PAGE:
5 books to read in October: From Tom Hanks’ short stories to Nawazuddin’s memoir
If you love reading books, there’s a lot to look forward to in October. Here are the books that have got us excited.books Updated: Oct 01, 2017 08:32 IST
Dan Brown returns with Robert Langdon’s latest adventure, Philip Pullman to the world of Lyra Belacqua in La Belle Sauvage. Two actors try their hand at storytelling – Nawazuddin Siddiqui through nonfiction and Tom Hanks with short stories. Insta-poet Rupi Kaur brings out another collection. If you love reading books, there’s a lot to look forward to in October. Here are the books that have got us excited:
An Ordinary Life: A Memoir by Nawazuddin Siddiqui with Rituparna Chatterjee
How did a boy with ordinary looks from a family of farmers in a small town in Uttar Pradesh become one of the most sought-after actors in Bollywood? Nawazuddin, who graduated from the National School of Drama in 1996, got his first big break in films only in 2010 with Peepli Live. His memoir tells the story of his struggle. The actor is known for his simplicity and candidness, and one expects or hopes to get the same from his autobiography.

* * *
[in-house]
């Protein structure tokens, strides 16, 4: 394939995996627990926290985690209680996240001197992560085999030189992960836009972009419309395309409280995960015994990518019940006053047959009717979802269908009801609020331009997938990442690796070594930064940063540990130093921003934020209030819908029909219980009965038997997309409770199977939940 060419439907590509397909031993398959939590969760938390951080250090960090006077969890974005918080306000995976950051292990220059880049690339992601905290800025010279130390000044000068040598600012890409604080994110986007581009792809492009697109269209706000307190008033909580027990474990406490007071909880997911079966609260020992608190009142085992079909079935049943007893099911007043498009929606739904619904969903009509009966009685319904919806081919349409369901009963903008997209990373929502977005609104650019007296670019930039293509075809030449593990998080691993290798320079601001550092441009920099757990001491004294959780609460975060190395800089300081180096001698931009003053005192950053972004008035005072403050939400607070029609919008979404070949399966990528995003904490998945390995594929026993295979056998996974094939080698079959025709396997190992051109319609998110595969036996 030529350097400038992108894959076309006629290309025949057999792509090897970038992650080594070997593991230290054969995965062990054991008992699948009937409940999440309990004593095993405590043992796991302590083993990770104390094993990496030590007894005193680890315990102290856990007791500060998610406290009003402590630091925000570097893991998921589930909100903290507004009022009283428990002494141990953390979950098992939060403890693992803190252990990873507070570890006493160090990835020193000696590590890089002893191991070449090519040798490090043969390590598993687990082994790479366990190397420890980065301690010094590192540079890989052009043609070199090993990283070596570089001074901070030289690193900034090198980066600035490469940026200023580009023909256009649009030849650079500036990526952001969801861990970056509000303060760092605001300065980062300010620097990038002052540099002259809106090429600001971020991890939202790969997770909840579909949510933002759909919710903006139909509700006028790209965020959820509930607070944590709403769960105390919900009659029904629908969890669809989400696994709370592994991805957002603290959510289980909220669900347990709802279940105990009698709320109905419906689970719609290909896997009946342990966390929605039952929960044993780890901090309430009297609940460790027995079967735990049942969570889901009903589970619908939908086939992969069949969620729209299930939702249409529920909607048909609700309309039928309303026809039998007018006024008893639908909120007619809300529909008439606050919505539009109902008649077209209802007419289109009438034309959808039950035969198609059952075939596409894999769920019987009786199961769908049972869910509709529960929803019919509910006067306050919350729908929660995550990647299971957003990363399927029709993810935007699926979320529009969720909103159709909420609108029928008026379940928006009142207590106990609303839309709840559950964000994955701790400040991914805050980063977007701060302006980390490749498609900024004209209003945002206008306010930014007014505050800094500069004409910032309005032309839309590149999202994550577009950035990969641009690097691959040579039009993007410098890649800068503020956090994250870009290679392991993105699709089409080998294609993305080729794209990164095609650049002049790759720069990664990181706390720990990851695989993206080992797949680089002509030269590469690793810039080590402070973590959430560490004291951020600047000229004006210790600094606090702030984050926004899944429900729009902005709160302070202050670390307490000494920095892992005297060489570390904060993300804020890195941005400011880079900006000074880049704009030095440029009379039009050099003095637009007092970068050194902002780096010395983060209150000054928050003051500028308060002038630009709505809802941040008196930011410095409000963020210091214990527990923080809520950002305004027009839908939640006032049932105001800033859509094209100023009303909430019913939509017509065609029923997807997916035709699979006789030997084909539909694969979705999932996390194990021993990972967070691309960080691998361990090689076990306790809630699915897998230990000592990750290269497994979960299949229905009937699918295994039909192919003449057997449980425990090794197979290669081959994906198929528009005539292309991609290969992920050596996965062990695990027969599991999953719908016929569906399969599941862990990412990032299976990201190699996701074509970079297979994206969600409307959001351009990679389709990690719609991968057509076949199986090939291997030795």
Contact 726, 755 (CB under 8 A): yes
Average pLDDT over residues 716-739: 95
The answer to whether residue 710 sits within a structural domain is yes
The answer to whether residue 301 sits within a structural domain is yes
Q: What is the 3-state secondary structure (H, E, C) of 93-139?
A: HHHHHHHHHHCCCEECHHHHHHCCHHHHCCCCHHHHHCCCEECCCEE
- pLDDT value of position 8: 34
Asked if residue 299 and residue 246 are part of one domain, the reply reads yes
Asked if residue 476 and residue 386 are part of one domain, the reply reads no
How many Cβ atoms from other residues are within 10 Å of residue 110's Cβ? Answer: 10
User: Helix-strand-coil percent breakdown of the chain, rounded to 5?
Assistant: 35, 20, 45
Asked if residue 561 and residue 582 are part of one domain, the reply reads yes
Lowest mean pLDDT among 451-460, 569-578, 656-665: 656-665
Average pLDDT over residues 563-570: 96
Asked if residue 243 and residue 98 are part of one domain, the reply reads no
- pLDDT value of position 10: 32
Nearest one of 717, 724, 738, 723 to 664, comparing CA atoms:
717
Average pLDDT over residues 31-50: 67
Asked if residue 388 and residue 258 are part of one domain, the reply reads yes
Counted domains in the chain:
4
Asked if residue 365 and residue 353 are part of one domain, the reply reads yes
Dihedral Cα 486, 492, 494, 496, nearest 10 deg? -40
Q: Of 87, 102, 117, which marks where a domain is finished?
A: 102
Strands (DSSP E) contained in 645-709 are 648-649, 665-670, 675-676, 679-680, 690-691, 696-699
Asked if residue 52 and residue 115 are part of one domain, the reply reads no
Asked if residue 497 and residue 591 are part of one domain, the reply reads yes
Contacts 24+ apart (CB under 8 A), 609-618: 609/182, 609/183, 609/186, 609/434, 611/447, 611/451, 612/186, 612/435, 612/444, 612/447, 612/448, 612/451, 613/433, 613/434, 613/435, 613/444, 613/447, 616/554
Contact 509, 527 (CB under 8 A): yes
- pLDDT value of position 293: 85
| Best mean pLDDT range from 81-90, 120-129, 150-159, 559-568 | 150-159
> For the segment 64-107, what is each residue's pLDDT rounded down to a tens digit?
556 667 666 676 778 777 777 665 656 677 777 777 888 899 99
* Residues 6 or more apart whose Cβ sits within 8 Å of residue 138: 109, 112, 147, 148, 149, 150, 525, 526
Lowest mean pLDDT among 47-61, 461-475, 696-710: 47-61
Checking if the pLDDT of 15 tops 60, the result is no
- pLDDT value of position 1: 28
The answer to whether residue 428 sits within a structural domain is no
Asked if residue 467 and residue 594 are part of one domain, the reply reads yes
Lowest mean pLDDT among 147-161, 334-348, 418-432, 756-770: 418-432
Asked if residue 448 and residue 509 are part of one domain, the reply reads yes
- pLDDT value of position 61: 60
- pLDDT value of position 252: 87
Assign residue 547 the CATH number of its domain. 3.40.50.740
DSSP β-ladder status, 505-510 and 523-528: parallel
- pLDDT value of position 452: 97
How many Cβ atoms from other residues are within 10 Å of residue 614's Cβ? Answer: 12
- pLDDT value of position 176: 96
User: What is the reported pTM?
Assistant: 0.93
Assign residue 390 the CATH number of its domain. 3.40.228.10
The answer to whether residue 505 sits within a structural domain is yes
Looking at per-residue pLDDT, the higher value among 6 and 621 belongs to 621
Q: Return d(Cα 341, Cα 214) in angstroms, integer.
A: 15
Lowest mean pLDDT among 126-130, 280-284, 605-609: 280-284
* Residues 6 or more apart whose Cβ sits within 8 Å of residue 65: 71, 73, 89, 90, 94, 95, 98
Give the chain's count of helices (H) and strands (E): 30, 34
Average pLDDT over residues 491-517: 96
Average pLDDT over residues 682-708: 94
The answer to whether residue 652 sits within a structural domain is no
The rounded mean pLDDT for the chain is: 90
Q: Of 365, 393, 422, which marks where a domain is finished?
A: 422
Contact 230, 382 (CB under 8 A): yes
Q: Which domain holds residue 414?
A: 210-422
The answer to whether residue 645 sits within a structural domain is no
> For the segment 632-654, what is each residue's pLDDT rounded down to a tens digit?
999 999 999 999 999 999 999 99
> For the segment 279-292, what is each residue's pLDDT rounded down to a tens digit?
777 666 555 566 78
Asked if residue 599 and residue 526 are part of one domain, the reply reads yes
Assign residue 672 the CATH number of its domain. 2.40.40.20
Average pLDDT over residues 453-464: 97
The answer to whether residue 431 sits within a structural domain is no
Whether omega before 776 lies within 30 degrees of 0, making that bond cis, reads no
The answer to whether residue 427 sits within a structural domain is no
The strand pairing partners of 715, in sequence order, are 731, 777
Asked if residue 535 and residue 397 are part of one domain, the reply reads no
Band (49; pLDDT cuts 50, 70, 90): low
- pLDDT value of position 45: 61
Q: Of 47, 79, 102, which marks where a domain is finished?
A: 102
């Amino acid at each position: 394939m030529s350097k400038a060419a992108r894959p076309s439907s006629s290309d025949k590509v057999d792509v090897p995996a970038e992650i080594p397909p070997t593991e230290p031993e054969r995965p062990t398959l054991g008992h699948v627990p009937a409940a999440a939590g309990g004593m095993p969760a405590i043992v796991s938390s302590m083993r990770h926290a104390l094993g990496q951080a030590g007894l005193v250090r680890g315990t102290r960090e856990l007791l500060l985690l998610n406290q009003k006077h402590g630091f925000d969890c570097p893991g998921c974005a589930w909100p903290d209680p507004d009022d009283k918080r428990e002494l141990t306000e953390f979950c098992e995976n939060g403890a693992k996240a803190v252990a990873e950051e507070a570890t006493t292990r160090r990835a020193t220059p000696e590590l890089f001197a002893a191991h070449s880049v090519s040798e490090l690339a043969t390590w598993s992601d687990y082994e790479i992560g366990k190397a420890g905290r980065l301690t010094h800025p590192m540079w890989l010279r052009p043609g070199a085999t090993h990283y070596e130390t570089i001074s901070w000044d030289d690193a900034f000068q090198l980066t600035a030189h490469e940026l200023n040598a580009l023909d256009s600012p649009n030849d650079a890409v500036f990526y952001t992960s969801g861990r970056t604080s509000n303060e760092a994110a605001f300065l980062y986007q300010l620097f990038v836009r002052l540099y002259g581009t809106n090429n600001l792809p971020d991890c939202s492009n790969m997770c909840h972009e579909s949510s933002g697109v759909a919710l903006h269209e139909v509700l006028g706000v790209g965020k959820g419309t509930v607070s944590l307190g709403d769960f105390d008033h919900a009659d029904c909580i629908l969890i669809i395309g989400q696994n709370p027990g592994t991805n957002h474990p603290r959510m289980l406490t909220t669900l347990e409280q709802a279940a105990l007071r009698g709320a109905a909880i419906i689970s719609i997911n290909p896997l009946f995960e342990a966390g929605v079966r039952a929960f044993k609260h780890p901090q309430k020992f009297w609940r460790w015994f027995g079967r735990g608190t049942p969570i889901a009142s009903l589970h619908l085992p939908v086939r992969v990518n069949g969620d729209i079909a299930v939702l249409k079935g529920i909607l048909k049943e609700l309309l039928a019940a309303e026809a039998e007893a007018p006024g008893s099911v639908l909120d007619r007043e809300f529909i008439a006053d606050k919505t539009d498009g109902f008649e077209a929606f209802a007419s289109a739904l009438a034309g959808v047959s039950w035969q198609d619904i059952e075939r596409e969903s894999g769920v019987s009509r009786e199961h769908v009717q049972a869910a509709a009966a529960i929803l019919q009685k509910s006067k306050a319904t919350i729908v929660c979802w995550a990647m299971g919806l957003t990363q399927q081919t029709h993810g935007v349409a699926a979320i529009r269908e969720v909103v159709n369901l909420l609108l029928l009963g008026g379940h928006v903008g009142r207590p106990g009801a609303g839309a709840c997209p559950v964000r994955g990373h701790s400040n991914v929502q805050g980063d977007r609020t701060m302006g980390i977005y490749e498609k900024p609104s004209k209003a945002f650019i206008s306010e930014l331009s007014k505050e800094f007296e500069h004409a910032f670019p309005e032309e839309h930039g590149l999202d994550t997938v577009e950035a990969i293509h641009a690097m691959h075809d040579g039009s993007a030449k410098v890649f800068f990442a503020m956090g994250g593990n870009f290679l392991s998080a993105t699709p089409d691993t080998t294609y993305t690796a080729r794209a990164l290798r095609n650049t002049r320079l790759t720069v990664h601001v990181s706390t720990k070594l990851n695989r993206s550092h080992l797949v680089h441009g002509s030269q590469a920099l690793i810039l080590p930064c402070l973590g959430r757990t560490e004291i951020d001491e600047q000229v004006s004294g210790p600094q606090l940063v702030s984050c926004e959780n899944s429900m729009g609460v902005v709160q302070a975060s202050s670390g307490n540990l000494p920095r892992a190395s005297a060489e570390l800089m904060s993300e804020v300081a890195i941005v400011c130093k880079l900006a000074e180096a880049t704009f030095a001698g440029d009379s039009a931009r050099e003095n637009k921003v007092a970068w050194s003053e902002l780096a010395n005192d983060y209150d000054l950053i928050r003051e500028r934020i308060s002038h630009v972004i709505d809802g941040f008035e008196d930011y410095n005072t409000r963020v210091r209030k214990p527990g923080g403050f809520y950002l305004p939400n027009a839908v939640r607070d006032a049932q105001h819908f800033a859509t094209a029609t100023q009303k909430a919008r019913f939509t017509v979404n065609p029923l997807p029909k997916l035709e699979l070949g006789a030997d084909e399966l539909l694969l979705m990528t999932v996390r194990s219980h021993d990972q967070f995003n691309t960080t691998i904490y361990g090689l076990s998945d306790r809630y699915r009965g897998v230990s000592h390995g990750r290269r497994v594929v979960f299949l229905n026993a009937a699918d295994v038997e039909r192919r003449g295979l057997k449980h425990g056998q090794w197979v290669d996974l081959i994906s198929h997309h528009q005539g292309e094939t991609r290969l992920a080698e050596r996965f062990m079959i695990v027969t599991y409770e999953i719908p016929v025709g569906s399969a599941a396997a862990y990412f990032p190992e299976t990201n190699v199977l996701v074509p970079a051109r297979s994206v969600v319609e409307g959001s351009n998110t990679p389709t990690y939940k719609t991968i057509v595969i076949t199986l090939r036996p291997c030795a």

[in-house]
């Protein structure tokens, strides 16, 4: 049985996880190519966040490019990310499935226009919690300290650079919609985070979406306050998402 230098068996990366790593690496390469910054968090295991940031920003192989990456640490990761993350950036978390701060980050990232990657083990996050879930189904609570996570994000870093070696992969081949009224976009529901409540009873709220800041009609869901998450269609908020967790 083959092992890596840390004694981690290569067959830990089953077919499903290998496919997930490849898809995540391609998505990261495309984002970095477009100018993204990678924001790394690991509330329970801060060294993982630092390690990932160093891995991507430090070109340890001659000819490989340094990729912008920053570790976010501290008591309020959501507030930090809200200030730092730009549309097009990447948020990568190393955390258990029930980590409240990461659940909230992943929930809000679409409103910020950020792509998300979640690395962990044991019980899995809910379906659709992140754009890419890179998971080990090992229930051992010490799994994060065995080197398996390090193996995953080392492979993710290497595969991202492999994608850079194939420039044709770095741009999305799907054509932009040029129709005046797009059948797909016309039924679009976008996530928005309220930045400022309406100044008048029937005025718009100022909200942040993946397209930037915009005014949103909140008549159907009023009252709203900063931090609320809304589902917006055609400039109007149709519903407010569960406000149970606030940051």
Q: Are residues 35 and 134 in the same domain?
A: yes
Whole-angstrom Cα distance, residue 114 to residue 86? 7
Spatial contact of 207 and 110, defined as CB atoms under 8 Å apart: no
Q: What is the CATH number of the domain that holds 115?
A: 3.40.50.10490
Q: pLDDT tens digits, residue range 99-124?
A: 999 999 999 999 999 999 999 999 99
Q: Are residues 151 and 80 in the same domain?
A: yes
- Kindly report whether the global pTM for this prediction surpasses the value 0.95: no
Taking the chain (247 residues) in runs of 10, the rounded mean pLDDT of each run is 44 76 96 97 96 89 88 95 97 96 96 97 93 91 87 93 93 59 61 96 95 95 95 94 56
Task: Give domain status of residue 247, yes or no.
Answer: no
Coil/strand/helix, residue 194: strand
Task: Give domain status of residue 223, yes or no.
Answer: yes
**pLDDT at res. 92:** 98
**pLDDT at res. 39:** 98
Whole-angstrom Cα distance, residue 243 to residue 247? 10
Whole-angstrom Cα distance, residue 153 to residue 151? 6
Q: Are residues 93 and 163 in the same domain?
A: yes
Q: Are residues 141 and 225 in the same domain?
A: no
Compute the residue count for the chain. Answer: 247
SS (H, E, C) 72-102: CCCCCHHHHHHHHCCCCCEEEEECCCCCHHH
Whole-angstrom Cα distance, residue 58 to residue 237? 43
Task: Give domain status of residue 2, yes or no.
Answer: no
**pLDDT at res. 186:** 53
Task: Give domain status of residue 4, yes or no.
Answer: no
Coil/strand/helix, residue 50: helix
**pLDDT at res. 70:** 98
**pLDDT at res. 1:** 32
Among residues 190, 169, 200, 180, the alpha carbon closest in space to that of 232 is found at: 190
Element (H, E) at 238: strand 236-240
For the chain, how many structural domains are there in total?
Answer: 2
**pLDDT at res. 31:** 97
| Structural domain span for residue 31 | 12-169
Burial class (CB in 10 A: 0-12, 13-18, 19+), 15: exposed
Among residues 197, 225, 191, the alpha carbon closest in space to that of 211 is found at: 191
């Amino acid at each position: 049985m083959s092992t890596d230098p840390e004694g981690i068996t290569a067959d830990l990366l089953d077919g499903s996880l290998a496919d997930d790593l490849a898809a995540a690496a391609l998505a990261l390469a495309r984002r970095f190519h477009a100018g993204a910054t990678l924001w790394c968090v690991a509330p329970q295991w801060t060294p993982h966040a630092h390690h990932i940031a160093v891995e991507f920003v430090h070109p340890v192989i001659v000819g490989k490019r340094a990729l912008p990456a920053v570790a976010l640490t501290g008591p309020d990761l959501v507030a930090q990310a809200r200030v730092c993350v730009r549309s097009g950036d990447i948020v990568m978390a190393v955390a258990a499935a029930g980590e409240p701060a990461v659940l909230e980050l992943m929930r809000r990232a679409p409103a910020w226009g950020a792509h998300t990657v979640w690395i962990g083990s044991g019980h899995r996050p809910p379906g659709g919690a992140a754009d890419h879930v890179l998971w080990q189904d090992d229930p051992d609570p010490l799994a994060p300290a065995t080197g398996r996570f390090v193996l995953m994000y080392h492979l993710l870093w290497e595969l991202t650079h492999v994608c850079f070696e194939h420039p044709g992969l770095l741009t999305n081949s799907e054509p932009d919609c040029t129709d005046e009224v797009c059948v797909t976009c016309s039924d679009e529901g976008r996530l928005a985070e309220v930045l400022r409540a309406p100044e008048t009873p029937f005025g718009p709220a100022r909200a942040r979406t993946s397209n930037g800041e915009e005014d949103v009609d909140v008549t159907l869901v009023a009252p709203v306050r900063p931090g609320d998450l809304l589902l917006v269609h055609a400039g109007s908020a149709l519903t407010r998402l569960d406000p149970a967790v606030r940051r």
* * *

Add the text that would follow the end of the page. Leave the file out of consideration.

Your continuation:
Origin by Dan Brown
Professor Robert Langdon returns for yet another globe-trotting adventure in Dan Brown’s newest novel Origin. Edmond Kirsch, a billionaire computer scientist and futurist, also Langdon’s former student, is on the verge of making an announcement that would shatter the foundations of world religions. If the initial excerpts are anything to go by, Origin promises to be a page-turner.
Uncommon Type: Some Stories by Tom Hanks
Actor Tom Hanks’s debut book is inspired by his love for typewriters (he owns over a 100). Each of the 17 stories that make Uncommon Type features one. The subjects of the stories range from time travel, space travel, love, friendship to immigration, war and the trauma it entails. His first-ever short story Alan Bean Plus Four, which was published in The New Yorker in 2014, is also part of this collection. Will the Oscar-winning actor prove to be as good a writer? We shall soon find out.
La Belle Sauvage by Philip Pullman
For fans of Philip Pullman and his fantasy fiction trilogy His Dark Materials, this is a much-awaited book. Twenty-two years after Northern Lights was first published in 1995, Pullman is back with what he calls an ‘equel’ – a companion trilogy. The first book in the trilogy titled The Book of Dust – La Belle Sauvage – is set 10 years before the events of His Dark Materials and centres on an 11-year-old boy called Malcolm Polstead. In this outing, Lyra is still a baby. The books that follow are set 20 years after Lyra and Will’s adventure in the Arctic.
The Sun and Her Flowers by Rupi Kaur
Insta-poet Rupi Kaur’s bestselling first collection of poems Milk and Honey explored the themes of love, hurt, abuse, healing. Her simple yet powerful verse found an instant connect with millions of readers across the world. Her second poetry collection, also illustrated by Kaur, promises to be “a celebration of love in all its forms”. Written as five chapters, The Sun and Her Flowers “is a journey of wilting, falling, rooting, rising and blooming”.